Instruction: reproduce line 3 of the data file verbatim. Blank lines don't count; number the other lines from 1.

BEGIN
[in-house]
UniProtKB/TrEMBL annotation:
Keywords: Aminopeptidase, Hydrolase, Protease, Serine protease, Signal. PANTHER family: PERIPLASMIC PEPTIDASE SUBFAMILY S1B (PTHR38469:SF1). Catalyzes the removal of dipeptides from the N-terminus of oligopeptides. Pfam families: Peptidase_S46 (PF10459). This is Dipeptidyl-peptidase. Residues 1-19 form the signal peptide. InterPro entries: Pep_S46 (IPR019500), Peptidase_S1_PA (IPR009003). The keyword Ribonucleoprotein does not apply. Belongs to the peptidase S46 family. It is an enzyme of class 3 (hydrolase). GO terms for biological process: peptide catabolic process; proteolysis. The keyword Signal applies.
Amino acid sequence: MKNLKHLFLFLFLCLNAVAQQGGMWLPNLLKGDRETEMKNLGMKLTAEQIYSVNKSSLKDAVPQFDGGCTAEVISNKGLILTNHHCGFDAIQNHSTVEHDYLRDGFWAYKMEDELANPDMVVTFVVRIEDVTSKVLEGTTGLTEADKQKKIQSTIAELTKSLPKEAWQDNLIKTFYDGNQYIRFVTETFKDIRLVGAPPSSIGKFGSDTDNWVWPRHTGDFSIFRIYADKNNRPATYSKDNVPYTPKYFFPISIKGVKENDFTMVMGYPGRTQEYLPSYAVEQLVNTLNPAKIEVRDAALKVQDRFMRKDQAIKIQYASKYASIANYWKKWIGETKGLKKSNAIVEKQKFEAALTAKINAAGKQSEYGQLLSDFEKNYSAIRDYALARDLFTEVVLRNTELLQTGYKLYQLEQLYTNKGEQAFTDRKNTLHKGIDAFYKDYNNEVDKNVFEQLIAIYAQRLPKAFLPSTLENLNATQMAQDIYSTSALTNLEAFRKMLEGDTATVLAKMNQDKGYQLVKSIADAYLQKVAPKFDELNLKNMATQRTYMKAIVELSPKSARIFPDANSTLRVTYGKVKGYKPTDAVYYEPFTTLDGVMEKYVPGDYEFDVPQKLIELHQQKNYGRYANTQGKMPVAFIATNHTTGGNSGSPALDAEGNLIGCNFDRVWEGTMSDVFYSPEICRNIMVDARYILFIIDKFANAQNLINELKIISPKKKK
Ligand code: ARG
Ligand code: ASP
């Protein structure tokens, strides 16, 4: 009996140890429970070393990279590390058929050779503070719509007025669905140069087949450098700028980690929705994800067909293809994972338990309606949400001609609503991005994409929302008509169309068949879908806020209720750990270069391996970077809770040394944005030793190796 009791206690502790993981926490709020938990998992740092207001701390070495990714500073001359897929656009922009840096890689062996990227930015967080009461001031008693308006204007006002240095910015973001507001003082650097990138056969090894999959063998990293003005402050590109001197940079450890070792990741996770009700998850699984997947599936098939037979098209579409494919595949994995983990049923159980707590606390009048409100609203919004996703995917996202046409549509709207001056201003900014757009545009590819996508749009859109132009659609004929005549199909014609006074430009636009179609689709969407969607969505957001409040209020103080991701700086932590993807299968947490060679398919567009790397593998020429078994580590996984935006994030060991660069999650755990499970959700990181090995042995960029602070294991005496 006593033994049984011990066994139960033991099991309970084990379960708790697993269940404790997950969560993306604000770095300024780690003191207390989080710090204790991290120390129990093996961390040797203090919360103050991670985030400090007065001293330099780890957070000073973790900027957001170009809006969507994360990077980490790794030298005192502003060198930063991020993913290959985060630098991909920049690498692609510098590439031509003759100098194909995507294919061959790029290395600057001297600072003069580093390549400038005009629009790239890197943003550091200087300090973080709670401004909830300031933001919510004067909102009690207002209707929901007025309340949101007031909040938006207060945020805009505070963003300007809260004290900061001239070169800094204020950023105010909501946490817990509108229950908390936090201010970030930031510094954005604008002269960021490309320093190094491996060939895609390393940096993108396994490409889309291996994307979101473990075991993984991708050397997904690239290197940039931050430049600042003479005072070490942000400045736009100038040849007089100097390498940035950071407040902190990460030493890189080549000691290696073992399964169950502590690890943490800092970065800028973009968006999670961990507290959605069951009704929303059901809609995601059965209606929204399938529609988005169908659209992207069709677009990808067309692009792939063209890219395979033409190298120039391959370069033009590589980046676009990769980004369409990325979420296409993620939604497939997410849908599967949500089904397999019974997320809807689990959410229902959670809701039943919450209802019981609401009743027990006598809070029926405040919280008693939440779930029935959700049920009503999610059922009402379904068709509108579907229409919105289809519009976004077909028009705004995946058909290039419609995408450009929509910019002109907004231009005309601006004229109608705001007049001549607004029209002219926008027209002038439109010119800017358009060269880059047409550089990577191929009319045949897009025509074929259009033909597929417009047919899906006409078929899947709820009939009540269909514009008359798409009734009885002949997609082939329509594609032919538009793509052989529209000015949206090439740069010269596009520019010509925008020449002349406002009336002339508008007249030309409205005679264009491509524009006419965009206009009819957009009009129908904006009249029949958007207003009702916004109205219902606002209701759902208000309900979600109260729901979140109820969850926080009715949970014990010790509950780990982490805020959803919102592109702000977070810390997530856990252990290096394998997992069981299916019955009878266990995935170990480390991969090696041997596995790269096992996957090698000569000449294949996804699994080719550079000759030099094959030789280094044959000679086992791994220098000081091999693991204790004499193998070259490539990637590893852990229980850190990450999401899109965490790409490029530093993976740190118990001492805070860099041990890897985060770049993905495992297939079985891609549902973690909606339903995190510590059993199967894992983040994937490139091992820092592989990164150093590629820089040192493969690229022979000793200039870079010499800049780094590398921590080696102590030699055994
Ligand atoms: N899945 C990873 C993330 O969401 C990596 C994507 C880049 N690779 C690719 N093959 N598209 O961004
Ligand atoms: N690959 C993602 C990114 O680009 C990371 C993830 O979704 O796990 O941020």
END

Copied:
Keywords: Aminopeptidase, Hydrolase, Protease, Serine protease, Signal. PANTHER family: PERIPLASMIC PEPTIDASE SUBFAMILY S1B (PTHR38469:SF1). Catalyzes the removal of dipeptides from the N-terminus of oligopeptides. Pfam families: Peptidase_S46 (PF10459). This is Dipeptidyl-peptidase. Residues 1-19 form the signal peptide. InterPro entries: Pep_S46 (IPR019500), Peptidase_S1_PA (IPR009003). The keyword Ribonucleoprotein does not apply. Belongs to the peptidase S46 family. It is an enzyme of class 3 (hydrolase). GO terms for biological process: peptide catabolic process; proteolysis. The keyword Signal applies.